This market is burning hot — 200-plus brands, 2,000-plus models and more being added quickly, even as existing models are looking at obsolescence every year and a half. The mobile handsets market is crowded, noisy and fast-paced as brands — international and Indian — slug it out.
As Naveen Mishra, lead analyst — telecom practices, CyberMedia Research, pointed out: “With a 900 million teledensity in India, 40-50% of the Indian market is still untapped. In the next three-four years, we will continue to see a clutter at the lower end. Some of the brands, though, are scaling up to smartphones already. But overall, the mobile phones market is going to remain cluttered till high penetration levels are achieved.”
Smartphone market growth (volume) Q2
He added that while the smartphone and apps segments would be highly competitive, all segments would grow till teledensity becomes high. “Technology will move very fast as consumers will first experience mobile usage at the lower end and move quickly to smartphones. At the upper end, consumers will ask for more. Brand consciousness will keep going up. It is an aspirational market.”
While newer brands at the lower end are chasing consumer numbers more than market share currently, the bigger, established brands are working hard on market share and competitive differentiation.
Nokia has internationally adopted its most disruptive strategy till now, the shift to the Windows operating system (OS) — it will gradually get out of its own Symbian OS. The new Windows phones have been consumer-tested in India too and according to D Shivkumar, Nokia India’s MD (to now head businesses in 90 countries across West Asia, Africa and India), consumers liked the phone and the apps. “We will target mid-to high-end consumers with our Windows phone and may price it at around Rs 20,000,” he said.
“We will continue with our 40 phones-a-year strategy and will have a good representation of models across segments,” said Shivkumar. Nokia will not vacate the Series 40 technology for its low end phones.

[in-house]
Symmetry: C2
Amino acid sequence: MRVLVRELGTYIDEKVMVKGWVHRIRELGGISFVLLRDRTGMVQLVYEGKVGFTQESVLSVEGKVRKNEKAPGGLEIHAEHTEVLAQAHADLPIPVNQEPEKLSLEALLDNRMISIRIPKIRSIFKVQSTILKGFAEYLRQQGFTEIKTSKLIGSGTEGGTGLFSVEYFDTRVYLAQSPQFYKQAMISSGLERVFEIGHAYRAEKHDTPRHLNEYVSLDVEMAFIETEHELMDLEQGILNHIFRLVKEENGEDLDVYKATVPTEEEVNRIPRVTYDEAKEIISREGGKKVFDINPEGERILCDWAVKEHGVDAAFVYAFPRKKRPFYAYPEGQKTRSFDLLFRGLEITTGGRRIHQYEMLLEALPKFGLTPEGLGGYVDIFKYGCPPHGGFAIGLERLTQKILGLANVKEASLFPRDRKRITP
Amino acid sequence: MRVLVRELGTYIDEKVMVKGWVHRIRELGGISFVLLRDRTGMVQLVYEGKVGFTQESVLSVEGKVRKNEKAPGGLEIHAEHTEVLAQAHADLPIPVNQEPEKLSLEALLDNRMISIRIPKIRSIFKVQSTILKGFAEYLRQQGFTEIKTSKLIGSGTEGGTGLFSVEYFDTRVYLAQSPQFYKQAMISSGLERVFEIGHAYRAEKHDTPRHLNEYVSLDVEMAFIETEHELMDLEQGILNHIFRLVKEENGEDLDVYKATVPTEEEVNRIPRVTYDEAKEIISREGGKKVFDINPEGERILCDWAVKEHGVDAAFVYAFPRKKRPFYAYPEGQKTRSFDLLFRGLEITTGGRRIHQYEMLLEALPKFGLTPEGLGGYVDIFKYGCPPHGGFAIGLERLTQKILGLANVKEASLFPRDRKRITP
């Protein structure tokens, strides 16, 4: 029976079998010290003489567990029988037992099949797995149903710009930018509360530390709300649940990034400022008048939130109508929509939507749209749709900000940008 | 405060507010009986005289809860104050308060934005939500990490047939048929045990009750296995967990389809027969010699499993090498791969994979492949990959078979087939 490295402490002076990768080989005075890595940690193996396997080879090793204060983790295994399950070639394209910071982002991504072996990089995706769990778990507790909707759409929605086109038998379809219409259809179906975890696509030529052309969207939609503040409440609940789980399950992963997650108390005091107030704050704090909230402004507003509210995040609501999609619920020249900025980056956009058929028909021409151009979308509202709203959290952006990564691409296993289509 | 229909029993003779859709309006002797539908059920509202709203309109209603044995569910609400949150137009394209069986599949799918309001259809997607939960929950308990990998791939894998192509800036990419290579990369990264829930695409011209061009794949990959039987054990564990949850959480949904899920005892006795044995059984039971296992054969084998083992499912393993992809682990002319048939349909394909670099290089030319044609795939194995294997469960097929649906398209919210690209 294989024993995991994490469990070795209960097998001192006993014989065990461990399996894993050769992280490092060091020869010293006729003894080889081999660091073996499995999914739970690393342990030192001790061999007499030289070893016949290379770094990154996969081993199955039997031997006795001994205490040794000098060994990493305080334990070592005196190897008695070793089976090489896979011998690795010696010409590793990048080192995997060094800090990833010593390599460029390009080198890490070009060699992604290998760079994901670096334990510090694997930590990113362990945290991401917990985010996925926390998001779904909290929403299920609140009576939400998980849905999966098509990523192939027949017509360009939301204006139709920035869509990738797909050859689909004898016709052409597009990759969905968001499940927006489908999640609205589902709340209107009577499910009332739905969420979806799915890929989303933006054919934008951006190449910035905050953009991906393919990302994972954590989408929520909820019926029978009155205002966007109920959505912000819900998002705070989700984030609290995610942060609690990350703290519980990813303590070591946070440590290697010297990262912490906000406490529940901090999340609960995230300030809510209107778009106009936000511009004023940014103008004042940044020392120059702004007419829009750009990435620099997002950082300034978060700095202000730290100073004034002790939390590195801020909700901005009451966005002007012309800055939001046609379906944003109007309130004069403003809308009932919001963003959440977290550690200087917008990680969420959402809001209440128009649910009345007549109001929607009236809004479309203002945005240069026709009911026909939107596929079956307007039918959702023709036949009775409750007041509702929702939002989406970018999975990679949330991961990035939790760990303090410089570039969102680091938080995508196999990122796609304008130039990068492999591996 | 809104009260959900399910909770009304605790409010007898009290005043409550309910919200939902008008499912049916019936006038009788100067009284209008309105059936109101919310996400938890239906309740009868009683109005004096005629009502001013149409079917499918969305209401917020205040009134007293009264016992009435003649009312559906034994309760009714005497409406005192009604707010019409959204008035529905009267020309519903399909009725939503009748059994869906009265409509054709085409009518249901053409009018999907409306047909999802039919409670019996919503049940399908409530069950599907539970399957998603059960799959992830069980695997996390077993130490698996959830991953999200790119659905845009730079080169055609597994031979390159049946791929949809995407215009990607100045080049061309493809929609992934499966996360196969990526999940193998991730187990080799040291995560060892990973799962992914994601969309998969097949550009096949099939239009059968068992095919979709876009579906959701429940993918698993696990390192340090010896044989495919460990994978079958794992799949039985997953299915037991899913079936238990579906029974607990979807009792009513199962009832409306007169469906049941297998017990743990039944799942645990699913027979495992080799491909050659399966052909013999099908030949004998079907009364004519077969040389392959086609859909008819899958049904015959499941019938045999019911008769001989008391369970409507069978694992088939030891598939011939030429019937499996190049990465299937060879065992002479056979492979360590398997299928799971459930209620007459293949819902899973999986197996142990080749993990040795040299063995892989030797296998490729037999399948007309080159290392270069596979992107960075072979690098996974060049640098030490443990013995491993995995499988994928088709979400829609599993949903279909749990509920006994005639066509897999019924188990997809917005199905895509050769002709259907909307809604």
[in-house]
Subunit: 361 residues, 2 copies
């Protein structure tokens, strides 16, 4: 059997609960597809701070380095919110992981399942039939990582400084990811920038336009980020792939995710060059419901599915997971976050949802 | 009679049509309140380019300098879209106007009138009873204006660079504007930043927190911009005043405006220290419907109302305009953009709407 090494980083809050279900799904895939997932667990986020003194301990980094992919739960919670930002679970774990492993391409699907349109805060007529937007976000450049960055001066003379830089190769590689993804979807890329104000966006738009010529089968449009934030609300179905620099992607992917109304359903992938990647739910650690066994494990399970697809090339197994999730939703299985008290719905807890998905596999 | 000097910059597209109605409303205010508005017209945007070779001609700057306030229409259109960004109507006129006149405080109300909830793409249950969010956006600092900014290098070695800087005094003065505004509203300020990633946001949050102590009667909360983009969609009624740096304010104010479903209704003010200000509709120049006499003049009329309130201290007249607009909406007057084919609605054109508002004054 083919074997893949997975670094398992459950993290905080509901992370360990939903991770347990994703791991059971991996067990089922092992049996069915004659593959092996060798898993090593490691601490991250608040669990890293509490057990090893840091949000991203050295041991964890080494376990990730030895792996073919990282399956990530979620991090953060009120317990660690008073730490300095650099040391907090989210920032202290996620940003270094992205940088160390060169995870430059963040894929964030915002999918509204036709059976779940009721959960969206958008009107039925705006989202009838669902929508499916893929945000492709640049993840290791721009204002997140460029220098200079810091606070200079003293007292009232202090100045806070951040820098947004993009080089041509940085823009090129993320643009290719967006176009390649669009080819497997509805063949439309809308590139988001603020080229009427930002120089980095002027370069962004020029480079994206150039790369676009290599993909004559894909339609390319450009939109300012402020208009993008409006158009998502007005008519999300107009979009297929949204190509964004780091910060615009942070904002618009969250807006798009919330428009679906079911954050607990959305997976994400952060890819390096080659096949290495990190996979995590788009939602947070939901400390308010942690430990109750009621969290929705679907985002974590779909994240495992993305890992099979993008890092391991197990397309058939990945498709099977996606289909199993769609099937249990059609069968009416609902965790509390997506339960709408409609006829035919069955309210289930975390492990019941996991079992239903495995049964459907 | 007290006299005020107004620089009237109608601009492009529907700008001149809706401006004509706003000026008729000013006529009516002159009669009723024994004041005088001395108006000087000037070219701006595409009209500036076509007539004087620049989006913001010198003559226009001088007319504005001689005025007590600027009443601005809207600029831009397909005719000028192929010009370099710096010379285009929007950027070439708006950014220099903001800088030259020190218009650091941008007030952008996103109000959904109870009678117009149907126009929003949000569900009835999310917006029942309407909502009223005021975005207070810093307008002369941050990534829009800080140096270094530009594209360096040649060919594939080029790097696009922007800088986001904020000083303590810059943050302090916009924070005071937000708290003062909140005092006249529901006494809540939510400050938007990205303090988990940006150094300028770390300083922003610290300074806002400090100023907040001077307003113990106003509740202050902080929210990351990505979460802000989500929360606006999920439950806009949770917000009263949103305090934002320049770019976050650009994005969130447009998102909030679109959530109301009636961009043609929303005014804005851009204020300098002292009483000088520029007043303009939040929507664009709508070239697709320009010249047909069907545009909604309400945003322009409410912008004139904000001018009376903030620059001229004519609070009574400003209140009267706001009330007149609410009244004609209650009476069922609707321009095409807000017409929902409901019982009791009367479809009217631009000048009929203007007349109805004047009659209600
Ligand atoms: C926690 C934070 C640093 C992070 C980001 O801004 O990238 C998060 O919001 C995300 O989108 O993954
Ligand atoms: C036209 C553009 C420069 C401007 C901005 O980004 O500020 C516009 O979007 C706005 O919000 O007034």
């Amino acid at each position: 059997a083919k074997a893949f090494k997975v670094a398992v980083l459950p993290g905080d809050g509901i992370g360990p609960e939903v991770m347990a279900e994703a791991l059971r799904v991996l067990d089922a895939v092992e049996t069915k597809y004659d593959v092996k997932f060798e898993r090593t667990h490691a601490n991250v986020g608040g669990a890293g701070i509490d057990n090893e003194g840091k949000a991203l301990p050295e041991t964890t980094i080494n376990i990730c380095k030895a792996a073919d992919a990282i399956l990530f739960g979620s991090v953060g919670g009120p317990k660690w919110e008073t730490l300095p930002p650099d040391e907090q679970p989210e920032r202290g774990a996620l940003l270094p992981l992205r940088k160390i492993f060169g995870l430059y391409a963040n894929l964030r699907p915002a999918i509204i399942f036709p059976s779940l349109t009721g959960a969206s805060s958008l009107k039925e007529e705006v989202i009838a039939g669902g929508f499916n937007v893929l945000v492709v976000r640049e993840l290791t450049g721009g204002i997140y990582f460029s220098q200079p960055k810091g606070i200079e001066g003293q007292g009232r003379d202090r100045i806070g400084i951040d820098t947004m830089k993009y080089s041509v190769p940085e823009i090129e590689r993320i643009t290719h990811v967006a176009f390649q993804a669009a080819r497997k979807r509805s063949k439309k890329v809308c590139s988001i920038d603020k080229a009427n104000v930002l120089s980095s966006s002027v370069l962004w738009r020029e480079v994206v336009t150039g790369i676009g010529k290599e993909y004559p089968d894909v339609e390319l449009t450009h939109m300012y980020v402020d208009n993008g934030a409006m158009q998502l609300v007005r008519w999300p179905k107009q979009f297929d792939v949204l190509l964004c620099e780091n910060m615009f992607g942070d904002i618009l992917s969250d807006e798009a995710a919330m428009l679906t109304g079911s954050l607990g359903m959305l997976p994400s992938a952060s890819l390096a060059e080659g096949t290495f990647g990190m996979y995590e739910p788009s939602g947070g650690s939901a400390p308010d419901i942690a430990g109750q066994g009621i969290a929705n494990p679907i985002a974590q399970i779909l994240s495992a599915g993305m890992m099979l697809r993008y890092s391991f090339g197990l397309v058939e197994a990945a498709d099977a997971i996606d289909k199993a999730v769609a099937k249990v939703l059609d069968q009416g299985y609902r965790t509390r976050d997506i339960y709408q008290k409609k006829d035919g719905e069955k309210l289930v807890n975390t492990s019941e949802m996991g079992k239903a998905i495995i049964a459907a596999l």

Samsung also talks high model numbers. “We have 40-45 models in the market at any point in time and launch four-five models every month. We have phones across our own OS technology, BADA, and independent OS technologies Android and Windows,” said Ranjit Yadav, country head — mobile & IT, Samsung India. Samsung’s handsets straddle a price spectrum of Rs 1,000-32,500. This year will see a strong focus on smartphones.
Going forward, Shivkumar believes that differentiation through innovation and consumer connect will hold the key to survival for brands. “The history of most markets shows that only the top five brands matter. There is no space for more brands. If a brand can manage innovation in a continuous stream, and scale, then only will it survive. That needs big investments in R&D.”
Sony Ericsson does not believe in straddling all segments. “Sony is seen as an entertainment brand. Our camera capabilities, Bravia on smartphones are all a part of that. We will bundle our smartphones with exciting content from Sony. Staying with Android, we won’t launch a slew of products that will dilute our energy. We will focus on a few launches that will enhance our positioning of an entertainment brand. Our sales significantly come from the 16-34-year-old consumers. Our handsets are priced in the Rs 5,000-27,000 range,” said P Balaji, MD, Sony Ericsson India.
Sony Ericsson’s focus on smartphones arises from the huge opportunity this product segment offers. “Last year saw smartphone sales of five million units in India. This year, the expected number is nine-10 million. The projection for 2013 is 80-100 million and by 2015, every second mobile phone in India will be a smartphone,” Balaji said.
Chinese brand G’Five, which features in the top 10 handsets list by revenue, has now tied up with the Chennai-based Munoth Group, to launch C’Four for touchscreen handsets. Vijay Menon, CEO, Munoth G’Five Group, predicted: “At the top end for smartphones, brand consciousness will be high and consumers will gravitate towards international brands. At the lower end, where value-consciousness is high, we will see Indian and Chinese brands doing business, as consumers look for more bang for their buck.”
Commenting on the brand clutter, Menon said: “There’s bound to be a bloodbath. Look at the challenges: consumer acceptance, squeezed margins due to intense competition, the fact that a retailer can only effectively keep and display only around 15-20 brands, and the need to constantly innovate. China experienced a bloodbath in 2007. India will likely see it by 2012-13.”
So will there be business and brand consolidation, mergers and acquisitions, going forward? “There will be no consolidations, mergers or acquisitions because there is no intellectual property (IP) to acquire — most new brands are just coming up with existing stuff and packaging them under their own names,” said Mishra.
Balaji asserted: “Only companies that have patents will have differentiation.”
Harbir Singh, vice dean — global initiatives, Wharton School, predicted: “In India, mobile phone brands with differentiation capabilities or low cost capabilities will survive. Those in the middle will get squeezed out. The low cost segment will see a brand variety. The smartphone space will see a shakeout.” Consumers at the top end will be aware of global brand developments.
With handset lifecycles at 18-24 months today, the pressure on innovation at high speed will continue to remain high. As Samsung’s Yadav said: “For a brand, the challenge will persistently be to bring the consumer back to itself for his next product purchase, as he goes up the ladder of experience.”